Security is an essential requirement for all online financial applications. Data privacy, customer trust, and long-term growth all depend on financial application security. As financial applications are accessed through various modalities and from various devices, financial organizations, and their auditors, must strive to invest in the very best financial application security.

Background

To date, cybersecurity’s association with financial statements has fixated on fraud activity that could negatively impact an organization’s bottom line. Yet, as data breaches and the theft of personally identifiable information continues to rise, security experts have begun noticing that auditors are not putting adequate consideration into the inherent risks created by such attacks. As a result, in 2021 and beyond, board members, executives and audit teams will need to start integrating cybersecurity into how they view compliance for Sarbanes-Oxley (SOX) and privacy-related mandates like the General Data Protection Regulation (GDPR) and Canada’s own Personal Information Protection and Electronic Documents Act (PIPEDA). It is expected that governing boards with eventually produce new guidance initiatives, businesses should not wait to act. Financial application security is critical to the short- and long-term success of any organization.

Cybersecurity, Financial Applications and Internal Control Audit

Financial applications include applications completing financial transactions such as online banking portals, online insurance applications etc. – all of which hold security as a primary concern. Many e-commerce and retail apps regularly deal with payment transactions and thus financial application security is an important feature of these applications as well. Online finance applications contend with a host of threats, including – identity theft, session hijacking, password hacking, injection attacks. etc., all of which has long term ramifications on revenue and user trust.

The aforementioned rise in cyberattacks poses significant threat to financial applications and the legitimacy of the reports they generate. This is especially clear as threat actors continue to target financial applications that house immense amounts of company, employee and customer financial data. Financial applications generate financial reports that are relied on by banks, stockholders, shareholders and other investors – they are also a requirement to fulfill compliance criteria like SOX. Still, when it comes to cybersecurity and financial statements, authoritative boards and companies have historically only focused on fraudulent activity. For example, if someone successfully phished an organization, and stole funds, the focus has been on how the theft will impact the organization’s bottom line as opposed to overall financial application security.

Some of the key aspects of financial application security include secure authentication, authorization, data encryption and role-based access. Last year, after reviewing audit files from organizations that had been breached in 2019, the Public Company Accounting Oversight Board (PCAOB) published a report that proposed while most auditors tried to quantify a financial impact after a breach, they failed to expand their investigations to determine if there were any risks of material misstatement. Comparably, the PCAOB declared that auditors did not go far enough to assess financial application security and the various vulnerabilities related to financial reporting.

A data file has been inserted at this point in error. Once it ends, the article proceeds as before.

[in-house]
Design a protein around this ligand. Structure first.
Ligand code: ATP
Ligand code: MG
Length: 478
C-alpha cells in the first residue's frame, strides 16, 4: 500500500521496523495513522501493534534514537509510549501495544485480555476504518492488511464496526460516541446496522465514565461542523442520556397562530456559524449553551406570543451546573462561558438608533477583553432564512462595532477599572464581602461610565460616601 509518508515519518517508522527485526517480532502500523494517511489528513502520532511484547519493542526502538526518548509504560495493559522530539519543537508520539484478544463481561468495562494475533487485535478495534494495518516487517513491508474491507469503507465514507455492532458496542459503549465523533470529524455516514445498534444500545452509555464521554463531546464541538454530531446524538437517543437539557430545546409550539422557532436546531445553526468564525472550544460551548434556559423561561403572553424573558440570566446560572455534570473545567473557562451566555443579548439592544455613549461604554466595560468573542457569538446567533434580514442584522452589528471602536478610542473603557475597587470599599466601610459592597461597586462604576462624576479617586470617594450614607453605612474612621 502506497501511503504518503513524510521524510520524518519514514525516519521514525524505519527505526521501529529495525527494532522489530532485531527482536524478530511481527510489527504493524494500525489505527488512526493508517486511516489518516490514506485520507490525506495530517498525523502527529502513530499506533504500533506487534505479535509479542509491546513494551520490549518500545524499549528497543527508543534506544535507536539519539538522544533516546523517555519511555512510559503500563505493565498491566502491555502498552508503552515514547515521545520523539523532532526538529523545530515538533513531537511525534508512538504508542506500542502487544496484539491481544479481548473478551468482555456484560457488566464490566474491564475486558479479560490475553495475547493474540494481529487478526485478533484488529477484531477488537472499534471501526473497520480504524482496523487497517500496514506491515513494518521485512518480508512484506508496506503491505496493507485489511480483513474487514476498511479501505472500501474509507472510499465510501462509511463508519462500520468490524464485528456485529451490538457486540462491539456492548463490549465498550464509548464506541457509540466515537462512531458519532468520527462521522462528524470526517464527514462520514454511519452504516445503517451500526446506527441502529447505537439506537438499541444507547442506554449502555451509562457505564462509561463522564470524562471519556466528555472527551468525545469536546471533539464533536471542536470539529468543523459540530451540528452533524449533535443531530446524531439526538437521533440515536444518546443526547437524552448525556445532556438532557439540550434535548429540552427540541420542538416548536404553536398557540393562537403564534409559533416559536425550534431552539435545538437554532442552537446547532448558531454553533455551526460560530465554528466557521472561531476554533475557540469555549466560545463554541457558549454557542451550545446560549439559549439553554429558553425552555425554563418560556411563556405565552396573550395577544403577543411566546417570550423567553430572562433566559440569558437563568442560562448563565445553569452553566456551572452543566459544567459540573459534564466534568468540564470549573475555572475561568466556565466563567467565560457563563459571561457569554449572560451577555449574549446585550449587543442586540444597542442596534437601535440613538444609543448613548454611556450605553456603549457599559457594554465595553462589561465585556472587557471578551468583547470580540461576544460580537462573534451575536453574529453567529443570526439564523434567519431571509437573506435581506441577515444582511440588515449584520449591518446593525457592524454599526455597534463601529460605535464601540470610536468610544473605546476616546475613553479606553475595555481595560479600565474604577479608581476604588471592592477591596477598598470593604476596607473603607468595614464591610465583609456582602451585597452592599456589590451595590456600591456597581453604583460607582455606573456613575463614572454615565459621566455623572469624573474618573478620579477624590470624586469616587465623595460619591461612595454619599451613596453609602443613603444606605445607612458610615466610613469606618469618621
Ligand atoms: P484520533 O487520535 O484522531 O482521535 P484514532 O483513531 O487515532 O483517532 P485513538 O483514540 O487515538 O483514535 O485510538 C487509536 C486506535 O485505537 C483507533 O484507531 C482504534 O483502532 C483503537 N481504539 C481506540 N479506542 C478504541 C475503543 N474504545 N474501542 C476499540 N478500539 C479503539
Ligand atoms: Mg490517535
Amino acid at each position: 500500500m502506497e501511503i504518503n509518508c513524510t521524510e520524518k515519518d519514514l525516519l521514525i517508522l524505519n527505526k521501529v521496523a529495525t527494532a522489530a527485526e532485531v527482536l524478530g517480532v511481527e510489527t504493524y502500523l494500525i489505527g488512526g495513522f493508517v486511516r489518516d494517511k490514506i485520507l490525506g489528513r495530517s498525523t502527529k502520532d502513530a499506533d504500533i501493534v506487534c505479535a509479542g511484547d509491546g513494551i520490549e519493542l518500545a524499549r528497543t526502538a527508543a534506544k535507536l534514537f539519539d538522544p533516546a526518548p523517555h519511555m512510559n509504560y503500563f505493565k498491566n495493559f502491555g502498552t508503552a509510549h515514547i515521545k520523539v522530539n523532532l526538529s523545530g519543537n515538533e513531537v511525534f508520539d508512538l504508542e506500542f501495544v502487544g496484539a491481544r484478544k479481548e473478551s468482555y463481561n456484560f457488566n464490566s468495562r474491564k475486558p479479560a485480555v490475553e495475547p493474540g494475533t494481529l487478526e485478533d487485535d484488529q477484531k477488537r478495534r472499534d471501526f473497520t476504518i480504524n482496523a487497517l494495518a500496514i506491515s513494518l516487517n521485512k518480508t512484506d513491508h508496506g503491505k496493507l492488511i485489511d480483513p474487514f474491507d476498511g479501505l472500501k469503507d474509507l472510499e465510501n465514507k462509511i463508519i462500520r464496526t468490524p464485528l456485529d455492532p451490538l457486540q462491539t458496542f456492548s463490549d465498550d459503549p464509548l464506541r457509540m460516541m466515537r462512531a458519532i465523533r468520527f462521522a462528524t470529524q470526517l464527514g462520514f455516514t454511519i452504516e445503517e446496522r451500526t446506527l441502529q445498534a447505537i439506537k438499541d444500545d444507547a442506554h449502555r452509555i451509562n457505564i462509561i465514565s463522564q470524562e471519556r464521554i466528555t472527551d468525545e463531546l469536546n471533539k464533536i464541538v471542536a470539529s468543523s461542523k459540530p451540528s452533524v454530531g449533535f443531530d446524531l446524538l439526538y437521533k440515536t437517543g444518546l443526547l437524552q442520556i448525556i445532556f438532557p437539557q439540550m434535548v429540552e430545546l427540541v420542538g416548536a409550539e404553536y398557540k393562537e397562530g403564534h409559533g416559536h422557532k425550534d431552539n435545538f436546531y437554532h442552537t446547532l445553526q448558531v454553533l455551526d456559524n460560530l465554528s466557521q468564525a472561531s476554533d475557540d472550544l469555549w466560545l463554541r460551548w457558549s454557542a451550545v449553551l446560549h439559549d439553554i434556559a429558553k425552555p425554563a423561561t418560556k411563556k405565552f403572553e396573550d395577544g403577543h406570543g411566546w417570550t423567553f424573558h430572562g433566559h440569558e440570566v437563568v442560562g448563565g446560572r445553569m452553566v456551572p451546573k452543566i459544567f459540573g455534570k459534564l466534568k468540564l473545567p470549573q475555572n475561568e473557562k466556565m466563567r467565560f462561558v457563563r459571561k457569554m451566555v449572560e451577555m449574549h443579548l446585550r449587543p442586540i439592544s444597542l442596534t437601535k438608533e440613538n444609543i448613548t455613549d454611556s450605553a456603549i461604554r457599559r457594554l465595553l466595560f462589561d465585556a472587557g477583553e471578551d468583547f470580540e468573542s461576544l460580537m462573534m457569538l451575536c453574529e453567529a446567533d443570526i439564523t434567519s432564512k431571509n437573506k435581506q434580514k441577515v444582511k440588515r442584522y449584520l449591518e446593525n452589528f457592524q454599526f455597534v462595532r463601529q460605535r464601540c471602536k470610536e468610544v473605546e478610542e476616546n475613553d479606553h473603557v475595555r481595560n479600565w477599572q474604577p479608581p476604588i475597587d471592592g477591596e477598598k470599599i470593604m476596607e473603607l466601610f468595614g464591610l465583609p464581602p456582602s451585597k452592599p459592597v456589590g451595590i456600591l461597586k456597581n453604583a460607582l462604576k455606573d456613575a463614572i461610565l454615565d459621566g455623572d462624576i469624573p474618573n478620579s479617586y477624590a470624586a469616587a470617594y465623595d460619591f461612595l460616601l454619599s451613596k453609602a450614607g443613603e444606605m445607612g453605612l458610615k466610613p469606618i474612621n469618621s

Leading Progress – Getting Started

When it comes to financial application security, a good place to lead is with access control and change management, application security testing and a secure code review.

  • Access control focuses on making sure the right people have suitable access and roles in financial applications based on the principle of least privilege. Auditors often fail to consider these risks, which include vulnerabilities, misconfigurations and admin abuse. In order to mitigate these vulnerabilities, auditors are required to engage cybersecurity experts, such as Packetlabs, to supplement their assessment.
  • Change management, on the other hand, focuses on ensuring changes to applications are complete and authorized. The greatest threats to change management arise from custom code. During any given change request, an organization may risk deploying detrimental code from a compromised supply chain vendor (e.g., SolarWinds).
  • Penetration testing is an authorized simulation of a true cyberattack on an application, performed to evaluate the security of the system or application and; secure code review is an activity in which security professionals review an applications’ source code, typically prior to release, annually or after any significant changes. Both of these activities represent some of our core services at Packetlabs.

Summary and Conclusion

Every organization, financial or otherwise, must make it their due diligence to attend to financial application security. Going forward, the significance of cybersecurity, compliance, regulations and financial statements will only intensify. An organizations’ motivation to stay ahead of threat actors should not require regulatory action. Progressive organizations understand that, if they are going to remain in business and profitable, it’s in their best interest to maintain the strongest cybersecurity posture they can.

If you would like to learn more about Penetration Testing, Source Code Review or any of Packetlabs services, please contact us today to find out how we can help!